Andreyeva, Nina Alexandrovna
ANDREYEVA, NINA ALEXANDROVNA
(b. 1938), teacher, author, political activist, and social critic.
Born on October 12, 1938, in Leningrad, Nina Alexandrovna Andreyeva joined the Communist Party of the Soviet Union (CPSU) in 1966, and became a teacher of chemistry at the Leningrad Technical Institute in 1973. A self styled Stalinist and devotee of political order, she wrote an essay that defended many aspects of the Stalinist system, assailed reformists' efforts to provide a more accurate picture of the history of the USSR, and implied that General Secretary Mikhail Gorbachev and his closest supporters were not real communists. Her essay "I Cannot Forsake My Principles" was published in the orthodox newspaper Sovetskaia Rossiya at a time when Gorbachev and Alexander Nikolayevich Yakovlev were abroad, and cited (without attribution) an orthodox report by the secretary of the Party's Central Committee, Yegor Kuzmich Ligachev, in February 1988. Officials in the ideological department of the Central Committee evidently edited her original letter, and Ligachev reportedly ordered its dissemination throughout the party. Ligachev repeatedly denied responsibility for its publication.
Orthodox party officials applauded the essay, whereas members of the liberal intelligentsia feared that it represented a major defeat for the intellectual freedom supported by the general secretary. Gorbachev subsequently revealed that many members of the Politburo seemed to share Andreyeva's views, and that he had to browbeat them into approving the publication of an official rejoinder. The published response appeared in Pravda on April 5, 1988, and was not nearly as forceful as its authors have claimed. In the aftermath of this discussion, the General Secretary at least temporarily tightened his own control over the Secretariat of the Central Committee. The entire episode may have contributed to his decision to reform the Secretariat in the fall of 1988.
Andreyeva subsequently played a leadership role in the formation of orthodox communist organizations. She headed the organizing committee of the Bolshevik Platform of the CPSU that "expelled" Gorbachev from the party in September 1991. In November 1991, she became the general secretary of the small but militant All-Union Communist Party of Bolsheviks. In October 1993, the party was temporarily suspended along with fifteen other organizations after President Yeltsin's repression of the attempted coup against his regime. In May 1995 she was stripped of her post as the head of the St. Petersburg Central Committee of the party for "lack of revolutionary activity."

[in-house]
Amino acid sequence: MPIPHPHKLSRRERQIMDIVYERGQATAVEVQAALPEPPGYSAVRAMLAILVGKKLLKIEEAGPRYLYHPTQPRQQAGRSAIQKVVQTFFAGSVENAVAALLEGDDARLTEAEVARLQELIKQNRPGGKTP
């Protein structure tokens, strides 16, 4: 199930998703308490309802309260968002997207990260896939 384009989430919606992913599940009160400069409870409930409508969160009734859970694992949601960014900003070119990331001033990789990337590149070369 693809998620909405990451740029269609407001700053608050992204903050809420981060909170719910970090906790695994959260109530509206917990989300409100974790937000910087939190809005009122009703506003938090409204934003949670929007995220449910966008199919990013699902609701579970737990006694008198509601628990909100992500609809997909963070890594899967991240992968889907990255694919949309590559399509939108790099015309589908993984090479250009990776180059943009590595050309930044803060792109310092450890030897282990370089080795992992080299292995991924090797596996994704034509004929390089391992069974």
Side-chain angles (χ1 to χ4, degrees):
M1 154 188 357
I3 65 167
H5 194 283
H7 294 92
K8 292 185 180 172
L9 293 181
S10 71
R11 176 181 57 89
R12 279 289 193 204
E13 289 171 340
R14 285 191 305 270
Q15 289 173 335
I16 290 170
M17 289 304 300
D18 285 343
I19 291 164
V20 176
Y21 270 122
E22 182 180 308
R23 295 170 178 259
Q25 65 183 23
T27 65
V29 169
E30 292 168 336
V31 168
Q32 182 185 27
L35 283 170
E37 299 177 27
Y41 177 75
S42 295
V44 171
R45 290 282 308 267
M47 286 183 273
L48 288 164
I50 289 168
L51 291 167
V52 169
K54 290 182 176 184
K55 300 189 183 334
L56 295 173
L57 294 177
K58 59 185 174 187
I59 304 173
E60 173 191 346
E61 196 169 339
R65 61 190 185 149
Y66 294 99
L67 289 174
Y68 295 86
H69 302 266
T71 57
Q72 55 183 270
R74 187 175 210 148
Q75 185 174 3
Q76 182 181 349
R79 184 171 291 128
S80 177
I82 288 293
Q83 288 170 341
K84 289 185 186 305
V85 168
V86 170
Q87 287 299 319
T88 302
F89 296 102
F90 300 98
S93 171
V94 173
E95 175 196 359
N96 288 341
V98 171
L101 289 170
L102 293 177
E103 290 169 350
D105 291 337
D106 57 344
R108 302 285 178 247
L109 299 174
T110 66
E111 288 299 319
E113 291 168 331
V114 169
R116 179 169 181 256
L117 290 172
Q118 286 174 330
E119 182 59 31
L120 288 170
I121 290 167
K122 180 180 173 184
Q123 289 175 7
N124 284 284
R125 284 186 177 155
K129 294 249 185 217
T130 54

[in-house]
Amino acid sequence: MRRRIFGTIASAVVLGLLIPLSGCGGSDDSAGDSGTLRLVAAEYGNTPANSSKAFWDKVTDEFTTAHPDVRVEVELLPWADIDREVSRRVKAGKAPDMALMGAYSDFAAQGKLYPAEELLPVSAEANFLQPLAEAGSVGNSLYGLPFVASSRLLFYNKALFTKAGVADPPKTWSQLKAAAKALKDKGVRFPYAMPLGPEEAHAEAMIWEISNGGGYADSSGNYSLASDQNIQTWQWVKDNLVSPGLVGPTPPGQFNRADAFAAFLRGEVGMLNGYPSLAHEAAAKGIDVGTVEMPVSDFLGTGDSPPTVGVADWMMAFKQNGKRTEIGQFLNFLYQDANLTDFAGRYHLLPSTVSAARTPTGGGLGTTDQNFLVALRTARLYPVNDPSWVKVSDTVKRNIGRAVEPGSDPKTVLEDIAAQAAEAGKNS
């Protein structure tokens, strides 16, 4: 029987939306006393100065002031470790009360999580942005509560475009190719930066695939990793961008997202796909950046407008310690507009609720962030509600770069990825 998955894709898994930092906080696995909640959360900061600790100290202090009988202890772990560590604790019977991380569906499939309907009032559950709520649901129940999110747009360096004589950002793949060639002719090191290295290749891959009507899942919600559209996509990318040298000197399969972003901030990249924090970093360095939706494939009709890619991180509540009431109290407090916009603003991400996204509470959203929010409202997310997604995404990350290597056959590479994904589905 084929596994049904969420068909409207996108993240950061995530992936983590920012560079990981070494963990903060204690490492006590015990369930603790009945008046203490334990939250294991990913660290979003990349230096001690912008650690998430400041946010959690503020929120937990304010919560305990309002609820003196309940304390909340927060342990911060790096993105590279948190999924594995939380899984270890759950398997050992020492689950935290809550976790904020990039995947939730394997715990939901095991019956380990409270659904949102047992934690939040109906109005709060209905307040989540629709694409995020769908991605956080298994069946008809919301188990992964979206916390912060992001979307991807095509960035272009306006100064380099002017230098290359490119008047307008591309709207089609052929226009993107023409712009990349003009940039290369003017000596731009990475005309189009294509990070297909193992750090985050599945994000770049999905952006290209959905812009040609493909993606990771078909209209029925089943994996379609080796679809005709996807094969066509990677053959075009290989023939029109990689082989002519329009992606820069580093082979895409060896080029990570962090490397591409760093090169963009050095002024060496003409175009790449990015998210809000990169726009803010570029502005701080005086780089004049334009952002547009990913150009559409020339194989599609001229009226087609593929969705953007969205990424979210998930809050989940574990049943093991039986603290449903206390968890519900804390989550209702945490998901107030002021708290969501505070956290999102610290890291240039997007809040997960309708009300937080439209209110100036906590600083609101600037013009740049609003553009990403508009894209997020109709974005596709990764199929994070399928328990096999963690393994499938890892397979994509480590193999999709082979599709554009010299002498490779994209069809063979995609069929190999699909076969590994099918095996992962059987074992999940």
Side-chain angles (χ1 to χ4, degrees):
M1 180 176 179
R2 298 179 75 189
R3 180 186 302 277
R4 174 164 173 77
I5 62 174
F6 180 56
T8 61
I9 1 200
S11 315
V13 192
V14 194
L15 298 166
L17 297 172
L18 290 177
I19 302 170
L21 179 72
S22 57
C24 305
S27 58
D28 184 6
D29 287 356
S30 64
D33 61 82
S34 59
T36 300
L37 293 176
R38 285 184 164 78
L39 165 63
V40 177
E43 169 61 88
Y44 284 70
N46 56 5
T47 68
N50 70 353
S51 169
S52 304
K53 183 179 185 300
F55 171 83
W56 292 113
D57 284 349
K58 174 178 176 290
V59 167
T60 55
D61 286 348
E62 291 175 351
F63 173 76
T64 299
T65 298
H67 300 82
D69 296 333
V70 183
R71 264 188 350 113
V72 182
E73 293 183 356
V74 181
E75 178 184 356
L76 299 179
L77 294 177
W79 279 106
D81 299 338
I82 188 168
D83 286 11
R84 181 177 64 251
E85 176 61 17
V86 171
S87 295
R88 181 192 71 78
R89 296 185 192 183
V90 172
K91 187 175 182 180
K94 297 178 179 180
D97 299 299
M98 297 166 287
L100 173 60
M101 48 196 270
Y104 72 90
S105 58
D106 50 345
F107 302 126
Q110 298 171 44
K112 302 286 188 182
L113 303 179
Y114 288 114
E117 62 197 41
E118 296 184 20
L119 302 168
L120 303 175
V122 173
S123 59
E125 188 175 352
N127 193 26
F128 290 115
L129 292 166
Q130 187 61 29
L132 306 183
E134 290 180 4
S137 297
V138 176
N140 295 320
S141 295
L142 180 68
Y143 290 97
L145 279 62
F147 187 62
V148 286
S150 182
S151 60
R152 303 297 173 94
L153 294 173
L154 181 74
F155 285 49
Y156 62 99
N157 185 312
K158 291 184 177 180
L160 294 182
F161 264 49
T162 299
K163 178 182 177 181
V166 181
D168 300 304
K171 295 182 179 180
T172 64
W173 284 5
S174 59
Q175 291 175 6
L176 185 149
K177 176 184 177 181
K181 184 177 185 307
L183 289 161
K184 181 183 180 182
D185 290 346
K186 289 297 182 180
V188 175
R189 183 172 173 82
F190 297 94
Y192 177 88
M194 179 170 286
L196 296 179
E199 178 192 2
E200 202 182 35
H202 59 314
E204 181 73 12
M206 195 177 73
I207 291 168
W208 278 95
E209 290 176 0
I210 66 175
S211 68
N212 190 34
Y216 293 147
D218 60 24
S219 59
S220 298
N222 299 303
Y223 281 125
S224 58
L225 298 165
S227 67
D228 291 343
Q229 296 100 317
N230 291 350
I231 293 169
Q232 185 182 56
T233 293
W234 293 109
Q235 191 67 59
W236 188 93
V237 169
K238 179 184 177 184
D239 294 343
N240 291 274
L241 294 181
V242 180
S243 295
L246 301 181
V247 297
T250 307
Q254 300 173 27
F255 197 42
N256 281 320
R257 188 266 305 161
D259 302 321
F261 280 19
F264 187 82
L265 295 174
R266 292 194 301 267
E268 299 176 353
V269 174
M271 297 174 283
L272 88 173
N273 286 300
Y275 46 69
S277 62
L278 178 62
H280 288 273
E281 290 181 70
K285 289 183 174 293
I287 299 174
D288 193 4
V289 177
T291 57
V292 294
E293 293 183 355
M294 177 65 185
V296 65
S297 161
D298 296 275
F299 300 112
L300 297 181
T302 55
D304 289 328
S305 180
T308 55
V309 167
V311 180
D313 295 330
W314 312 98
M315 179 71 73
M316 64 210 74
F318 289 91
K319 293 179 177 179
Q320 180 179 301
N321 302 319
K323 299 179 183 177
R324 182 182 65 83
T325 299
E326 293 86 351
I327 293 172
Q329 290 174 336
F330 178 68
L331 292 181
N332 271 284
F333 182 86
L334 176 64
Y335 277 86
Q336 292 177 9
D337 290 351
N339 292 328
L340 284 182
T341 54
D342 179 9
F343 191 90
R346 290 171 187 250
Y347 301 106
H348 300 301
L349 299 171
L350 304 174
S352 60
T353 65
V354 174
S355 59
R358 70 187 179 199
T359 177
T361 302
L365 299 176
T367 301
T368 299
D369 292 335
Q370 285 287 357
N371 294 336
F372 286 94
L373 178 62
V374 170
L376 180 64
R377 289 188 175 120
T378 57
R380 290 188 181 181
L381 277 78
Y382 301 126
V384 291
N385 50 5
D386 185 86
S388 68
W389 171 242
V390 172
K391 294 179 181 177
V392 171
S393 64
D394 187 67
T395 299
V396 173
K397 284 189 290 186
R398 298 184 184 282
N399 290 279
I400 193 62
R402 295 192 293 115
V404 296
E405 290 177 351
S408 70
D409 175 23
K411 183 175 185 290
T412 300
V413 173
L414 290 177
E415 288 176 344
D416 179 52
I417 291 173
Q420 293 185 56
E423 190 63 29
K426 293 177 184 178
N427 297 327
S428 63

See also: central committee; communist party of the soviet union; gorbachev, mikhail sergeyevich; ligachev, yegor kuzmich
Remnick, David. (1994). Lenin's Tomb. New York: Random House.
"Andreyeva, Nina Alexandrovna." Encyclopedia of Russian History. . Encyclopedia.com. (October 15, 2018). http://www.encyclopedia.com/history/encyclopedias-almanacs-transcripts-and-maps/andreyeva-nina-alexandrovna
"Andreyeva, Nina Alexandrovna." Encyclopedia of Russian History. . Retrieved October 15, 2018 from Encyclopedia.com: http://www.encyclopedia.com/history/encyclopedias-almanacs-transcripts-and-maps/andreyeva-nina-alexandrovna
Encyclopedia.com gives you the ability to cite reference entries and articles according to common styles from the Modern Language Association (MLA), The Chicago Manual of Style, and the American Psychological Association (APA).
Within the “Cite this article” tool, pick a style to see how all available information looks when formatted according to that style. Then, copy and paste the text into your bibliography or works cited list.
Because each style has its own formatting nuances that evolve over time and not all information is available for every reference entry or article, Encyclopedia.com cannot guarantee each citation it generates. Therefore, it’s best to use Encyclopedia.com citations as a starting point before checking the style against your school or publication’s requirements and the most-recent information available at these sites:
Modern Language Association
The Chicago Manual of Style
American Psychological Association
- Most online reference entries and articles do not have page numbers. Therefore, that information is unavailable for most Encyclopedia.com content. However, the date of retrieval is often important. Refer to each style’s convention regarding the best way to format page numbers and retrieval dates.
- In addition to the MLA, Chicago, and APA styles, your school, university, publication, or institution may have its own requirements for citations. Therefore, be sure to refer to those guidelines when editing your bibliography or works cited list.